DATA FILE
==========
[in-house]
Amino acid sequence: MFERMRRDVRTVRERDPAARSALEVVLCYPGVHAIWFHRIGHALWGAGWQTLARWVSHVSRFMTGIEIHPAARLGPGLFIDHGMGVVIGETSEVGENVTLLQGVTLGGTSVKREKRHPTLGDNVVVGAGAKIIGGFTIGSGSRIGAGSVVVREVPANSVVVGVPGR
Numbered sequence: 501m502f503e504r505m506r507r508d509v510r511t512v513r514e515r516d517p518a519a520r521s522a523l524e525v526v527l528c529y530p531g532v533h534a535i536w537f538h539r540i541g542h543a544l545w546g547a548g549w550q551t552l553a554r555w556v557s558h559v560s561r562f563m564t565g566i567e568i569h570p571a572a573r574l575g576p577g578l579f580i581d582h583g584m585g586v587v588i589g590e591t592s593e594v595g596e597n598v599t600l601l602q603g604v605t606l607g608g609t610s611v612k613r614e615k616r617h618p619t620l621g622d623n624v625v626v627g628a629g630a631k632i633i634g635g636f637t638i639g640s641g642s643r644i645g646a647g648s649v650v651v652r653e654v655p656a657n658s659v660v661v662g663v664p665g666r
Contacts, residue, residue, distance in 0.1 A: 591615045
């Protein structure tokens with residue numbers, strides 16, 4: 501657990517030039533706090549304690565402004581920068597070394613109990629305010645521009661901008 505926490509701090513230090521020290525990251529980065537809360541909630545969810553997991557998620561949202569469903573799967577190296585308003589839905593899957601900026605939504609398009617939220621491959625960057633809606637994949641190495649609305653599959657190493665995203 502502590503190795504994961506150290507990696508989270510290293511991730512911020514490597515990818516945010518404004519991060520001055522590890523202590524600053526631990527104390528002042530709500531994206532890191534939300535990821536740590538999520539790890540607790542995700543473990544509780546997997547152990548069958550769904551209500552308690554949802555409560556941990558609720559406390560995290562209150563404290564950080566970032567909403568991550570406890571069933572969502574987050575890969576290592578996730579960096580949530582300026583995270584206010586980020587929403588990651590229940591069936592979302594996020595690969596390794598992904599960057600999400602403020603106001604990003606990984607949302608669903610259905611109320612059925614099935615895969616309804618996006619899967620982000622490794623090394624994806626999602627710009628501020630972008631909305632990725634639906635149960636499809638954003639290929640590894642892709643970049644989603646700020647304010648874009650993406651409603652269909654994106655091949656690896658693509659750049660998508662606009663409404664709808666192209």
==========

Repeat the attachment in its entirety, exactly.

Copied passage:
[in-house]
Amino acid sequence: MFERMRRDVRTVRERDPAARSALEVVLCYPGVHAIWFHRIGHALWGAGWQTLARWVSHVSRFMTGIEIHPAARLGPGLFIDHGMGVVIGETSEVGENVTLLQGVTLGGTSVKREKRHPTLGDNVVVGAGAKIIGGFTIGSGSRIGAGSVVVREVPANSVVVGVPGR
Numbered sequence: 501m502f503e504r505m506r507r508d509v510r511t512v513r514e515r516d517p518a519a520r521s522a523l524e525v526v527l528c529y530p531g532v533h534a535i536w537f538h539r540i541g542h543a544l545w546g547a548g549w550q551t552l553a554r555w556v557s558h559v560s561r562f563m564t565g566i567e568i569h570p571a572a573r574l575g576p577g578l579f580i581d582h583g584m585g586v587v588i589g590e591t592s593e594v595g596e597n598v599t600l601l602q603g604v605t606l607g608g609t610s611v612k613r614e615k616r617h618p619t620l621g622d623n624v625v626v627g628a629g630a631k632i633i634g635g636f637t638i639g640s641g642s643r644i645g646a647g648s649v650v651v652r653e654v655p656a657n658s659v660v661v662g663v664p665g666r
Contacts, residue, residue, distance in 0.1 A: 591615045
């Protein structure tokens with residue numbers, strides 16, 4: 501657990517030039533706090549304690565402004581920068597070394613109990629305010645521009661901008 505926490509701090513230090521020290525990251529980065537809360541909630545969810553997991557998620561949202569469903573799967577190296585308003589839905593899957601900026605939504609398009617939220621491959625960057633809606637994949641190495649609305653599959657190493665995203 502502590503190795504994961506150290507990696508989270510290293511991730512911020514490597515990818516945010518404004519991060520001055522590890523202590524600053526631990527104390528002042530709500531994206532890191534939300535990821536740590538999520539790890540607790542995700543473990544509780546997997547152990548069958550769904551209500552308690554949802555409560556941990558609720559406390560995290562209150563404290564950080566970032567909403568991550570406890571069933572969502574987050575890969576290592578996730579960096580949530582300026583995270584206010586980020587929403588990651590229940591069936592979302594996020595690969596390794598992904599960057600999400602403020603106001604990003606990984607949302608669903610259905611109320612059925614099935615895969616309804618996006619899967620982000622490794623090394624994806626999602627710009628501020630972008631909305632990725634639906635149960636499809638954003639290929640590894642892709643970049644989603646700020647304010648874009650993406651409603652269909654994106655091949656690896658693509659750049660998508662606009663409404664709808666192209």